Happy syncing!

Tuning Search Results [part I]

A short overview of steps to be taken to improve the display of search results within EDsync.

There have been complaints about the usability/usefulness of EDsync’s search. As I wasn’t happy with the search myself I have disabled the feature with one of the earlier versions. I left the choice upon the users to decide whether to reenable the search and take it as it was. In this post I want to explain how searching the GBV catalogues works and how I am implementing it while getting ready an improved version of the search feature for a future version of EDsync.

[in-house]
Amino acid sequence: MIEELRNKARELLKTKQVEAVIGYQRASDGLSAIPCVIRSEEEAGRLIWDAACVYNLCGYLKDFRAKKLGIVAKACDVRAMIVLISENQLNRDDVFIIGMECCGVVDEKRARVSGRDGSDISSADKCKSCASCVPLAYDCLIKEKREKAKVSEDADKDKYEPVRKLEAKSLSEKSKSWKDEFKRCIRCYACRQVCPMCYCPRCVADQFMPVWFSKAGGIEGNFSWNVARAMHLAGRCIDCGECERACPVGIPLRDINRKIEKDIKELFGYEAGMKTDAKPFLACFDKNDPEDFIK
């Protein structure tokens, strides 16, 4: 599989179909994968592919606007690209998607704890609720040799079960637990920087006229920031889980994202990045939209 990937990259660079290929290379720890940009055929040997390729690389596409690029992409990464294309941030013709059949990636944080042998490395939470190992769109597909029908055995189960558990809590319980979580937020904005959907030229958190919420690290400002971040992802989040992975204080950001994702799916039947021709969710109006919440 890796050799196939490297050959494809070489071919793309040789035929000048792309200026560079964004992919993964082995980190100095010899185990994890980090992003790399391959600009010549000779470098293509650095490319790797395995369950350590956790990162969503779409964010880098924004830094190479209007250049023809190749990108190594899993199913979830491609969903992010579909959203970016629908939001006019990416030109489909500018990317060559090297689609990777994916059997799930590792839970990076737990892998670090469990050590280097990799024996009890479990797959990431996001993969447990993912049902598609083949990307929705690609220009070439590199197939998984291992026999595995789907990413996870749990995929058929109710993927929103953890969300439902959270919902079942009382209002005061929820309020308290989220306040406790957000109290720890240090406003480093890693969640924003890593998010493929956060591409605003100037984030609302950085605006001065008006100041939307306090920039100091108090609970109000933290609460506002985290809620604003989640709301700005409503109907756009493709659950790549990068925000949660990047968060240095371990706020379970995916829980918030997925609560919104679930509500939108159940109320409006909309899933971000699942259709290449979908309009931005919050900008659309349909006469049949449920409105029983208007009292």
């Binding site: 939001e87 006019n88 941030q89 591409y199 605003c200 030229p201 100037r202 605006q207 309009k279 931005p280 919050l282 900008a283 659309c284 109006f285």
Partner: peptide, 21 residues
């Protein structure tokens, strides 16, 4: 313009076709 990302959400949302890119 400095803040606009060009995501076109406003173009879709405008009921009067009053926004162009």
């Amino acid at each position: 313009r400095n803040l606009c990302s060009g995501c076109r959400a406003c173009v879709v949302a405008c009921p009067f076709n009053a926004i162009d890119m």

Good news first:

  • All libraries within the GBV are using the same schema to search their catalogues.
  • There is an xml interface to retrieve search results. It is described in a wiki page of the GBV. The state of the interface is said to be “experimental” and “in development”
  • Yes, it’s xml!

Bad news:

  • The API you may talk to in order to get down to the search results is rudimentary.
  • The xml values are intended to be displayed in a browser recognising the values’ encoding or require you to be at least aware of the values’ string encoding (multiple encodings in different libraries)
  • There is exactly one relevant value within the xml.
  • This one relevant value is the grand concatenation of all values you’d wish to be separate ones

Now let’s not monkey around but get into the matter.

To get a list of results, the GBV wiki suggests to make a call on the servers in the following format: